Guide: How to cite a Government publication in The Journal of Juristic Papyrology style

Guide: How to cite a Government publication in The Journal of Juristic Papyrology style

Cite A Government publication in The Journal of Juristic Papyrology style

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Use the following template to cite a government publication using the The Journal of Juristic Papyrology citation style. For help with other source types, like books, PDFs, or websites, check out our other guides. To have your reference list or bibliography automatically made for you, try our free citation generator.

Key:

Pink text = information that you will need to find from the source.
Black text = text required by the The Journal of Juristic Papyrology style.

Reference list

Place this part in your bibliography or reference list at the end of your assignment.

Template:

A.  Author Surname, Title, City Year Published, p. Pages Used.

Example:

P.  Anthony R. Curtis, 'UNCP - Journalism - The seven news values held by news media gatekeepers', Www2.uncp.edu, 2013 <http://www2.uncp.edu/home/acurtis/Courses/ResourcesForCourses/NewsValues.html> [accessed 26 April 2015].

In-text citation

Place this part right after the quote or reference to the source in your assignment.

Template

A.  Author Surname, Title, City Year Published, p. Pages Used.

Example

Impact: The number of people whose lives will be influenced in some way by the subject of the story. For instance, a bakery strike may have less impact than a postal strike.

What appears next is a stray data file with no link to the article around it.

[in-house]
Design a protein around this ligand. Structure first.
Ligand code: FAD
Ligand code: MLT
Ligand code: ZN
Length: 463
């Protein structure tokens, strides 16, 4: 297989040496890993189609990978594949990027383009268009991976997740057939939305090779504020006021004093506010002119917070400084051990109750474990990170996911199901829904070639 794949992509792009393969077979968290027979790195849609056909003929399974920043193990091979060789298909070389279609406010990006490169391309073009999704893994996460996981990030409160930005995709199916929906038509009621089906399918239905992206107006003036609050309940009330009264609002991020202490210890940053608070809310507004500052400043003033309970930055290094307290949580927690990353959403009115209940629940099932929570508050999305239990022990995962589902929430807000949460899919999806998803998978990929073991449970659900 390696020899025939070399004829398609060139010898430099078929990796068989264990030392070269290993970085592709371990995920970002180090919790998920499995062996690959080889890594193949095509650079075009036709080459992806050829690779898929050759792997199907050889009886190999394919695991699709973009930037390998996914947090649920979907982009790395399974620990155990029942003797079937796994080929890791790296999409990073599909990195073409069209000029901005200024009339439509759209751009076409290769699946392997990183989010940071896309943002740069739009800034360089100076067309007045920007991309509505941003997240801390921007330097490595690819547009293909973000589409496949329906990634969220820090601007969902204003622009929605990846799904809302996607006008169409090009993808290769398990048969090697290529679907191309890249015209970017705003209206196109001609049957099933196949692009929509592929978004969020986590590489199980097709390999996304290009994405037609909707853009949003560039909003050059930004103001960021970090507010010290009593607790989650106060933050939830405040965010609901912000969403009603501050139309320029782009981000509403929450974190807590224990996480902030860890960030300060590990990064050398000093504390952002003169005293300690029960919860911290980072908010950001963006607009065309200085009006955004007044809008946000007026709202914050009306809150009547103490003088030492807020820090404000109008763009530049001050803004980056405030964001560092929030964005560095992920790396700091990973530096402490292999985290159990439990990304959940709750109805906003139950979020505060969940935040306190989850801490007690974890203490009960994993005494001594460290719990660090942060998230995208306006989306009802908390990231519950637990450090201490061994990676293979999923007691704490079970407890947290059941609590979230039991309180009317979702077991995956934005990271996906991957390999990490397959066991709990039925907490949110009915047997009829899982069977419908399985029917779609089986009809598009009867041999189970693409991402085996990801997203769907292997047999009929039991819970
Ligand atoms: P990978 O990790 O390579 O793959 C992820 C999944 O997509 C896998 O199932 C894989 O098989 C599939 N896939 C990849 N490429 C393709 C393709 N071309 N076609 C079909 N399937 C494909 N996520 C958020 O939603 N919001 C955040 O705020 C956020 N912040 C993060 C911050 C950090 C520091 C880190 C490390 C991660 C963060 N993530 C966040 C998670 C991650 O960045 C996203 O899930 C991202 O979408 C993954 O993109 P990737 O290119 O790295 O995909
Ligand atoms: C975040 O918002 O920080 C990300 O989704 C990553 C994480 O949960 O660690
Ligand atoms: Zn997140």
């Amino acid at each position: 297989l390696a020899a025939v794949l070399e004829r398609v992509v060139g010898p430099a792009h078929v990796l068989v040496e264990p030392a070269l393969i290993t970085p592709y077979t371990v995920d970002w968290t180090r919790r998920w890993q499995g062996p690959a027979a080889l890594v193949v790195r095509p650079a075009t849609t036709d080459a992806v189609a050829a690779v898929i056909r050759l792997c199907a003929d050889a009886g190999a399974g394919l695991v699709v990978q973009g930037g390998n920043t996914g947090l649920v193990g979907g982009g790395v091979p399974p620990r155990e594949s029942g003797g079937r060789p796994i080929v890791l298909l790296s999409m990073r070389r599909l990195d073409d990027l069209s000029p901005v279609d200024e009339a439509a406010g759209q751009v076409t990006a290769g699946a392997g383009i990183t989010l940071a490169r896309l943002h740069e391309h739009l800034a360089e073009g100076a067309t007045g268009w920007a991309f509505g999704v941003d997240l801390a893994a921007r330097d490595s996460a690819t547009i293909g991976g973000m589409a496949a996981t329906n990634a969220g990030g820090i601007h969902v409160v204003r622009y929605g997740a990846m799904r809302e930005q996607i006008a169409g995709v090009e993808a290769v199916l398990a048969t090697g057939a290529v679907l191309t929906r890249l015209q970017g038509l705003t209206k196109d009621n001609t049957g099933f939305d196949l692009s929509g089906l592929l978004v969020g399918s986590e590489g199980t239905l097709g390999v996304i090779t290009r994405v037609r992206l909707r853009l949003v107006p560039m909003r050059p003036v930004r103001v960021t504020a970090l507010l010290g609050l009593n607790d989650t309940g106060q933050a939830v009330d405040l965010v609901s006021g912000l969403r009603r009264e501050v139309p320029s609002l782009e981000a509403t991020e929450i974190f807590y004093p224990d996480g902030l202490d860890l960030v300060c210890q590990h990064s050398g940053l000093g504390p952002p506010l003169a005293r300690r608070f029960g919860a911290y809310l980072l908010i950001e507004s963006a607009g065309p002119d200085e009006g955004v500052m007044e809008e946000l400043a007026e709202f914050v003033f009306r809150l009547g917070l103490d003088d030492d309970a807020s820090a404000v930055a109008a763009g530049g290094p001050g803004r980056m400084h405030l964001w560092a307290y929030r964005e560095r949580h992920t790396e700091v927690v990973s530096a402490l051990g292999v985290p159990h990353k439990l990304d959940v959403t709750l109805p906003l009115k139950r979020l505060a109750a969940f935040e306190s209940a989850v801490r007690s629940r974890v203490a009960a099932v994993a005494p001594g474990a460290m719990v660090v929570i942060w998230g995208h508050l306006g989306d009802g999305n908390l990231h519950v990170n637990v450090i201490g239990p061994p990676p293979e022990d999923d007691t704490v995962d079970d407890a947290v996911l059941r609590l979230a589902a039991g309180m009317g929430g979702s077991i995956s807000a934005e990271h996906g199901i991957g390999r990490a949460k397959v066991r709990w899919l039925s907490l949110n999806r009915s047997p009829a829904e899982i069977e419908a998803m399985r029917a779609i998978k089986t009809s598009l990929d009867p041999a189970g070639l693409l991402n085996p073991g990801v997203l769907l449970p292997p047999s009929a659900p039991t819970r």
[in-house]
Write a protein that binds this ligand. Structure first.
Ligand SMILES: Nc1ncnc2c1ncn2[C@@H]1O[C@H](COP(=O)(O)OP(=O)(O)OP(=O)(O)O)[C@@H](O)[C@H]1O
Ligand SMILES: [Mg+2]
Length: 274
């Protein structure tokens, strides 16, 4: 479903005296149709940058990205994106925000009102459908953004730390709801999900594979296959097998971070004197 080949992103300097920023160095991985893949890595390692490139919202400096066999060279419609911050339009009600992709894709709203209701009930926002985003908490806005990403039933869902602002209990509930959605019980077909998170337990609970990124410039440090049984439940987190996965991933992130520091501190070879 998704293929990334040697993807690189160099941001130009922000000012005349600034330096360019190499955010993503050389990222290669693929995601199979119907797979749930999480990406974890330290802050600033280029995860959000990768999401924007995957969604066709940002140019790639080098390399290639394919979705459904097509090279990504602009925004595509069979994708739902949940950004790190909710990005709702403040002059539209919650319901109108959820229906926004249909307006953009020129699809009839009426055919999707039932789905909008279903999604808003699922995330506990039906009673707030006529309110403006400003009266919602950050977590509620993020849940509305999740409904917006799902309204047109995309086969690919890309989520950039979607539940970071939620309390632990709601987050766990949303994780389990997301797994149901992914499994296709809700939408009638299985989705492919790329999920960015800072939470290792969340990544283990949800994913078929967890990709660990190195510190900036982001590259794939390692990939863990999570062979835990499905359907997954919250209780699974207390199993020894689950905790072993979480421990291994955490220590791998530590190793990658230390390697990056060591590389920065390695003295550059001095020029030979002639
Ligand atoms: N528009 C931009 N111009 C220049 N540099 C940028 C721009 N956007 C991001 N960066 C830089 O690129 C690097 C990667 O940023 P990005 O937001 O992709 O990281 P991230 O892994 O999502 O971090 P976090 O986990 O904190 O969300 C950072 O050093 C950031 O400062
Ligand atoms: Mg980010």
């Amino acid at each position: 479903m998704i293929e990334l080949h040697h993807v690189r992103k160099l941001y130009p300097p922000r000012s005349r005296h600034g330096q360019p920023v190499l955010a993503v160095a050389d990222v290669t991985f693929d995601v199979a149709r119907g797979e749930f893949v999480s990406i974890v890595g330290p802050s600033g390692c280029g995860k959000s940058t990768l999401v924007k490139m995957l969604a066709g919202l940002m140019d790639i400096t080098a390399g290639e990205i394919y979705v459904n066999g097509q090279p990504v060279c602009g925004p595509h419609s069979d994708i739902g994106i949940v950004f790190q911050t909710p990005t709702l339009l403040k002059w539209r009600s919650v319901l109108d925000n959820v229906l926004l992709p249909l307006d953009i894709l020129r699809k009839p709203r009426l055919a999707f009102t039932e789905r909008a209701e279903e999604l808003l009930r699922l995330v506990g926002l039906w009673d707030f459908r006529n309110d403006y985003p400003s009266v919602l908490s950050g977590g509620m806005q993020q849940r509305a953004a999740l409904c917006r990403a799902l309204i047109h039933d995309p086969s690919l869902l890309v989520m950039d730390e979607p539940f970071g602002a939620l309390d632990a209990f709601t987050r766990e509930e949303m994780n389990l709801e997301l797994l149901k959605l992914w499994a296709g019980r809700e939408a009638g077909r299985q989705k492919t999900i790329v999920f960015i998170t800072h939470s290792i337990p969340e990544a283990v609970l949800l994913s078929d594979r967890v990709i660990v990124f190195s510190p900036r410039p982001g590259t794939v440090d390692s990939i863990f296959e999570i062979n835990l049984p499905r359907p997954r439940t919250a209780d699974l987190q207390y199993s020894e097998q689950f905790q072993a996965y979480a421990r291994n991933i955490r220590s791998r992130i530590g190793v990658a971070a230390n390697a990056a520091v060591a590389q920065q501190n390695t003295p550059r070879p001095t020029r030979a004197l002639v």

Timeliness: Recent events have higher news value than earlier happenings. Of particular value are stories brought to the public ahead of the competition. These are known as scoops. 

Prominence: For the same occurrence, people in the public eye have higher news value than obscure people. For example, we cared that basketball pro Magic Johnson and actor Rock Hudson had AIDS, while an ordinary citizen with AIDS would not have commanded the attention of the national news media. 

Proximity: Stories about events and situations in one's home community are more newsworthy than events that take place far away. For example, journalists assess the value of a news item reporting tragic deaths by comparing the number of deaths with the distance from the home community. For instance:
if 1,000 persons drown in a flood in a faraway country, the story has about the same news value as a story describing how 100 persons drowned in a distant part of the United States. 

In turn, that 100 person story has about the same news value as a story concerning 10 flood victims within our own state. 

Finally, a story about those ten victims has about the same value as a story describing a flood which drowns one person in our local community.
Bizarreness: A classic example of this is dog-bites-man vs. man-bites-dog. Man-bites-dog is more bizarre. Dog-bites-man usually is not news. P.  Anthony R. Curtis, 'UNCP - Journalism - The seven news values held by news media gatekeepers', Www2.uncp.edu, 2013 <http://www2.uncp.edu/home/acurtis/Courses/ResourcesForCourses/NewsValues.html> [accessed 26 April 2015].

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